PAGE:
Public information on closed DCPS school buildings not yet turned over to charters has been inconsistent in its location, promulgation, as well as explanations of uses for those buildings.
For one, buildings are often left off official city inventories. Consider that the 2018 MFP mentioned Thurgood Marshall, Old Miner, Fletcher-Johnson, Old Randle Highlands, Spingarn, and Winston as vacant without noting anything about the status of Davis (which at the time did not have Bard); Wilkinson; Emery; Garnet-Patterson; Meyer; Sharpe; Langston; Shaw; Ferebee-Hope; Kenilworth; and Old Hardy, all of which have not been re-opened as bona fide DCPS schools. A year later, a post on closed DCPS facilities mentioned only 3 as “vacant” (Winston, Langston, and Spingarn) while ignoring the status of most of the rest above.
The upshot is that DC taxpayers are constantly unable to get a clear and timely picture of former DCPS school buildings held entirely in the public trust. Besides being the very opposite of school planning, this shell game is both tiresome and antidemocratic, favoring the private offer of public resources at every turn without any public oversight. (See here and here and here and here for a few concrete examples of this bait and switch.)
Below is information I have found useful–if incomplete–on the subject of former DCPS school buildings not yet turned over to charters.
MFP addendum, 2021:
MFP addendum, 2020:
MFP addendum, 2019:
A more comprehensive look at similar data in 2019 is here: https://educationdc.files.wordpress.com/2022/05/final-closed-dcps-facility-landscape_as-of-august-2019.pdf
(The data immediately above from 2019 is from this website: https://dme.dc.gov/publication/citywide-landscape-former-dcps-facilities-remaining-educational-use-or-government-owned)
Interestingly, this “Edsight” brief from 9/30/19 mentions only 3 vacant buildings in DCPS: https://dme.dc.gov/sites/default/files/dc/sites/dme/publication/attachments/Edsight%20Vacant%20Facilities%20DME_FINAL_0.pdf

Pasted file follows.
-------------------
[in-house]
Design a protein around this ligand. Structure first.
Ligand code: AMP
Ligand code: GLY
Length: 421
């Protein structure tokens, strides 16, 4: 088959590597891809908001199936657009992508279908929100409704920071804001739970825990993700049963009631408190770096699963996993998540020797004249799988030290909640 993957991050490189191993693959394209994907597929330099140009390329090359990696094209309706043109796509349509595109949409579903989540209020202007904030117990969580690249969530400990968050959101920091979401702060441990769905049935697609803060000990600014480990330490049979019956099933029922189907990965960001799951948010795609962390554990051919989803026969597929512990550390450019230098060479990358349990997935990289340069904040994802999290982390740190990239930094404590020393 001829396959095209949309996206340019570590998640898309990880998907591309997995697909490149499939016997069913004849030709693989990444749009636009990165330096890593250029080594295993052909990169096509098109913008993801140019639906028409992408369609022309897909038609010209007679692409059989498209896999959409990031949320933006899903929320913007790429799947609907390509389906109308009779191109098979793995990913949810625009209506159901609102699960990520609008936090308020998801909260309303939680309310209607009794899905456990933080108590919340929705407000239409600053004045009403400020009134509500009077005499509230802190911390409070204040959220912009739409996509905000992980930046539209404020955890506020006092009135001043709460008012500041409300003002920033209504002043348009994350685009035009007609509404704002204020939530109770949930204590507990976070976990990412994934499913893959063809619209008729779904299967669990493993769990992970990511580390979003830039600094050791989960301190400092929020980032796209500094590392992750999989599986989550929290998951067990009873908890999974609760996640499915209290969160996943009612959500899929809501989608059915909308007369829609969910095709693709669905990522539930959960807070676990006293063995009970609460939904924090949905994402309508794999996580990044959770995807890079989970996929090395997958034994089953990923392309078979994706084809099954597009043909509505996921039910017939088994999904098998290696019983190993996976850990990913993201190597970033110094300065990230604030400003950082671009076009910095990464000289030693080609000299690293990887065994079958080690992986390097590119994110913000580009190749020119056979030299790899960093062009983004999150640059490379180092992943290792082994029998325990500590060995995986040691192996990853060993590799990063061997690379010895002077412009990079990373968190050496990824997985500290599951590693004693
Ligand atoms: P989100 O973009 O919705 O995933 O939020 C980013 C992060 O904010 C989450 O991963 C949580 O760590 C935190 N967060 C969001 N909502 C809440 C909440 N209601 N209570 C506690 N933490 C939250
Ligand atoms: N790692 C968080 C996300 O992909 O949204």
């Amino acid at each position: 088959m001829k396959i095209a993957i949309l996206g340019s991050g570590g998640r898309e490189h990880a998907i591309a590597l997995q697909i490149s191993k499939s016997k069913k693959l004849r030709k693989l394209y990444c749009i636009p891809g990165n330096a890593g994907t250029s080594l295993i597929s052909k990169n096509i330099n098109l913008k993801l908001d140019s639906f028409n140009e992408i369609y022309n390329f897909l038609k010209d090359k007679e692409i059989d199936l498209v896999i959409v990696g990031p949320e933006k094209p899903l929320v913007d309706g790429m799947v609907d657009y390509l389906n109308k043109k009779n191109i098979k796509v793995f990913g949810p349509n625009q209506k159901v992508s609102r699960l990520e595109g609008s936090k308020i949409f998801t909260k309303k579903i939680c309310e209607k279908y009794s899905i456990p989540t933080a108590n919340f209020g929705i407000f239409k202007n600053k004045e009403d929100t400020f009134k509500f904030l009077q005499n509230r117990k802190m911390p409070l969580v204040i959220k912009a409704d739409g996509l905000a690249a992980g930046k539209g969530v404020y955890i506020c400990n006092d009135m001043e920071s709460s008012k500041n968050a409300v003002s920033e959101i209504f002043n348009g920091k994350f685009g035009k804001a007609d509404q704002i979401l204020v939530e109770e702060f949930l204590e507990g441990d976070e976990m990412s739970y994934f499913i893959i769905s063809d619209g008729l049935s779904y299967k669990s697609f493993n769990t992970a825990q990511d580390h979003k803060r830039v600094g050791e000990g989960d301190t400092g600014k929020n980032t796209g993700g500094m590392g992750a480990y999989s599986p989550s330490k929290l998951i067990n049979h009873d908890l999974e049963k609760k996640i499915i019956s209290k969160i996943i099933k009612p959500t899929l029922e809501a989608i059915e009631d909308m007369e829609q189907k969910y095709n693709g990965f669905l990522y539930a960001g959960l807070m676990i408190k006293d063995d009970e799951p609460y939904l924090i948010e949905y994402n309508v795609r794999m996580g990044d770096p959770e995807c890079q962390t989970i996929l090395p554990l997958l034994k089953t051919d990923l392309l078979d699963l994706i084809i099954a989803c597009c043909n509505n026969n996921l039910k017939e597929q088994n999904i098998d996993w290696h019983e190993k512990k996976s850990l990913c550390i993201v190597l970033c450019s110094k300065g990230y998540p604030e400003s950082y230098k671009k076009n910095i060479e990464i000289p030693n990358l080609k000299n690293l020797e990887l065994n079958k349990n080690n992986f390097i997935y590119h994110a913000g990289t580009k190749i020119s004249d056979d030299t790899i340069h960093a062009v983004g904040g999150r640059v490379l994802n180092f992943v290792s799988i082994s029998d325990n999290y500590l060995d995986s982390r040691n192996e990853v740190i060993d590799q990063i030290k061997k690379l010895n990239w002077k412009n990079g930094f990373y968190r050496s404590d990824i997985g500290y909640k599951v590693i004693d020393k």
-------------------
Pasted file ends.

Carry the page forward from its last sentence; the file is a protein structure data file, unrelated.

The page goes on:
Here is what appears to be a comprehensive spreadsheet from the same year: https://educationdc.files.wordpress.com/2022/07/citywide-landscape-of-formerly-closed-dcps-facilities_appendix_august-2019.xlsx
The following quotes are the only places in the MFP I was able to find information about vacant and inactive former DCPS buildings.
p. E-3: “As of SY2017-18, there were 212 facilities housing 249 public schools that enrolled over 91,000 public school students. While there are public school facilities across Washington, DC, the greatest concentration of school facilities is in Wards 5 and 8 and the least is in Wards 2 and 3. Additionally, there are no public charter schools located in Ward 3. The number and location of school facilities have changed over time as schools have opened and closed.
“As of SY2017-18, DCPS schools operate in 110 District-owned and managed buildings. The picture differs for public charter schools, which are responsible for securing their own facilities: 31 were leasing in District- owned buildings, 40 were leasing via private or commercial leases, another 22 owned their facilities through private acquisition, and nine owned a former DCPS building. The 71 privately owned or leased properties are not owned or managed by the District. (Schools in these facilities either own the facilities or enter into leases with private entities.) The District is not a party to these private leases. The District also maintains 13 public school buildings that DCPS uses for swing space for modernization purposes, for administrative purposes, or are currently vacant.”